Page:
I’m sure there are male chefs out there who DO screw about and make pigs of themselves on a regular. And I’m sure there are just as many WOMEN chefs who do the same. But what I have found is that understanding the demands of the job goes a long, long way in maintaining our relationship. He understands that I have to wear the 3 inch pumps; I understand that he had to be out til whenever he gets home. Someone comes in looking for a specific item 10 minutes before closing? Yeah okay, the customer is an asshole, but my boyfriend will not send them away. He will call them asshole under his breath but still cook them the definitive whatever they ordered.

He probably won’t even call them asshole under his breath.


Poll Time – FIGHT! FIGHT!

Okay, organic vs. non-organic. It’s a big deal (well, not as big as, say, WMD’s or Obama’s birth certificate) but still, it causes yelling by housewives and single dudes in the aisles of Whole Foods and Fairway. Those on the pro side say that anything as close to nature as possible has to be better for you – to which I reply, “HONEY, arsenic is natural. Are you going to sprinkle THAT on your kid’s granola?” Those on the con side say, “I wash my veggies before I eat them, and I don’t like little green worms (thank you Scarecrow) in my apples.”

So here’s the thing. Is “organic” really worth the extra trip, the extra money and all that? Wouldn’t it be worth finding non-toxic (I hate to say chemicals) methods of keeping the creepy crawlies off the food? Do we really need napalm to get rid of the weeds? Bottom line – is it really healthier? Remember your history, when milk was not homogenized or pasteurized? I mean sure, it’s great when it comes from breast to infant – depending on whether or not mom smokes crack – but you know cows, they eat poop.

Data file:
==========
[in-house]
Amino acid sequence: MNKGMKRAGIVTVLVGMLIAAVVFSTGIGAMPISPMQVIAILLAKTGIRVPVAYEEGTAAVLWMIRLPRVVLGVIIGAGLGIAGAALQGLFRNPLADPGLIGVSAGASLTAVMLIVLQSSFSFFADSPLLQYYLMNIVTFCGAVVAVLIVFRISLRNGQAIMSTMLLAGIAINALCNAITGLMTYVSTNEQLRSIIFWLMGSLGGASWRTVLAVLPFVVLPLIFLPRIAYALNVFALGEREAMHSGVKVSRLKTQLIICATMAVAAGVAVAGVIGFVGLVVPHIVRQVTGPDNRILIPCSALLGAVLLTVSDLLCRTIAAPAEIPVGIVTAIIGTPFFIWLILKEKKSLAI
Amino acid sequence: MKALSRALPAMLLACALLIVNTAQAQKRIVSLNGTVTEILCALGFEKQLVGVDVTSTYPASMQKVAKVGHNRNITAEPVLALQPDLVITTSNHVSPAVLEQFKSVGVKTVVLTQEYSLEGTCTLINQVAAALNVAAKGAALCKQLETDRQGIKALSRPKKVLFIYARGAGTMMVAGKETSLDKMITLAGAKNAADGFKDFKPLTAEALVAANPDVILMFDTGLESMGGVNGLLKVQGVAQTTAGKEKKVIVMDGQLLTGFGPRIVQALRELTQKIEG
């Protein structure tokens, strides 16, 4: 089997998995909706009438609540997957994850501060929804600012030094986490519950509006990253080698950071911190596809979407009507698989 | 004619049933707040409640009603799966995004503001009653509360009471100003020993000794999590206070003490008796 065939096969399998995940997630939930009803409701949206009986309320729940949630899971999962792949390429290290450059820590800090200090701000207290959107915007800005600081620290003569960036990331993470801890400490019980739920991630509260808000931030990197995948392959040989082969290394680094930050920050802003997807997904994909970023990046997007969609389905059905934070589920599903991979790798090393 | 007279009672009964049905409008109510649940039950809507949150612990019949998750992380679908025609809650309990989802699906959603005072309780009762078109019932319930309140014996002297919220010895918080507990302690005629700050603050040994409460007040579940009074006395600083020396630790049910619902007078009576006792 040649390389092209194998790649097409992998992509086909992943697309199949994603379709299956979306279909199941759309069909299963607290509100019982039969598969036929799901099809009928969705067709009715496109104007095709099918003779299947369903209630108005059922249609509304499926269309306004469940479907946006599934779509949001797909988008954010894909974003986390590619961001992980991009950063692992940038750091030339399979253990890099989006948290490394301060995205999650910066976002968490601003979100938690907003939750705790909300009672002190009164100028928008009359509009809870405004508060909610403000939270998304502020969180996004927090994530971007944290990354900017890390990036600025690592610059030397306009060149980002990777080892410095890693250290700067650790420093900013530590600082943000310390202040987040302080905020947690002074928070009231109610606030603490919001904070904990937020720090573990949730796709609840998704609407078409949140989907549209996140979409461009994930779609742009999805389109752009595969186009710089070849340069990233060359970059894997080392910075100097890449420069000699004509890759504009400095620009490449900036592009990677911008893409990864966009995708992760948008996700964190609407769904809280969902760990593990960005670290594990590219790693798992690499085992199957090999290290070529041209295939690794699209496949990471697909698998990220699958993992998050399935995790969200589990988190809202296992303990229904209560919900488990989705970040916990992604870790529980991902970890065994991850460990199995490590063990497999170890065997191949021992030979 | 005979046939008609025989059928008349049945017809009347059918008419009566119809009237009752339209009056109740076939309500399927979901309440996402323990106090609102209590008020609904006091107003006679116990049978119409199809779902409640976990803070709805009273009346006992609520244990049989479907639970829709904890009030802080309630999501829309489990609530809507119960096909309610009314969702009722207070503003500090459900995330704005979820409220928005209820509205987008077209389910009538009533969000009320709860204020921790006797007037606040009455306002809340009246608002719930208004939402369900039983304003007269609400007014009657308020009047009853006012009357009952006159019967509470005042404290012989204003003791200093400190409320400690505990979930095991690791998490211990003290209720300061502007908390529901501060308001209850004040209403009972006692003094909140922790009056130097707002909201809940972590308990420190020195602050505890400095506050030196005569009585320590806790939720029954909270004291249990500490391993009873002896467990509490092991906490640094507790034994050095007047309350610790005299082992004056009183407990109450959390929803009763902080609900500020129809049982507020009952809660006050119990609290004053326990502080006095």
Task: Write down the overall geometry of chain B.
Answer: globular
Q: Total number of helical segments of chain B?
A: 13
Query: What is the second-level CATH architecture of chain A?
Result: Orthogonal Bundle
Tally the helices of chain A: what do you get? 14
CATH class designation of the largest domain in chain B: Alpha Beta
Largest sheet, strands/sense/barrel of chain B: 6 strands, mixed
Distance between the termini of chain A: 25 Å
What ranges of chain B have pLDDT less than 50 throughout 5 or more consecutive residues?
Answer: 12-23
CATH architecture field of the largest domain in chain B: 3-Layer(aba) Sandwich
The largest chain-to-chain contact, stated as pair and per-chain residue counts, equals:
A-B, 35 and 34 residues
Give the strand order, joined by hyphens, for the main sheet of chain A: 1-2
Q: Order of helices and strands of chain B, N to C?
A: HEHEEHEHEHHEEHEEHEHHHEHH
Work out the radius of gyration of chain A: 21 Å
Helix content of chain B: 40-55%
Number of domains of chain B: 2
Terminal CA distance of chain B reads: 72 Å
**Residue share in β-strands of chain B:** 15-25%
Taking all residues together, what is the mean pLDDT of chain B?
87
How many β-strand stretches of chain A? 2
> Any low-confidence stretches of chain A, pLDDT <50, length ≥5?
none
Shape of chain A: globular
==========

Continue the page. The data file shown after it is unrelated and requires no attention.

I would love my faithful readers to really get into this subject, because it’s a hot one. I for one feel that food that is as close to raw as possible is good for you. But you all also know that I am a hedonist and a sensualist and I love my sauces and meats and intricately prepared dishes, and frankly, frankencarrots don’t work in those situations.

If you want to reach me other than on the blog, you can email me at and I’ll try to answer your questions. If I can’t, I’ll ask Chef Boyfriend (but keep in mind, he says “Dirt is dirt,” or one of my several friends who swear by organic). And here’s a quote from one of my best friends, Katz – “I prefer traditional farming to modern farming….you throw organic in there and people get all wigged out…traditional being organic….long before chemical giants brought out pesticides and inhibiters etc”

Let the games begin.

*Note: Sorry, the poll feature is not working for me today. Must be the Sabbath for Poll Daddy. So just answer in comments. I do not delete or edit comments unless they’re really crude – the people that promote this blog like to keep it readable for all ages. Thank you in advance.

Tomorrow – Let the Games Begin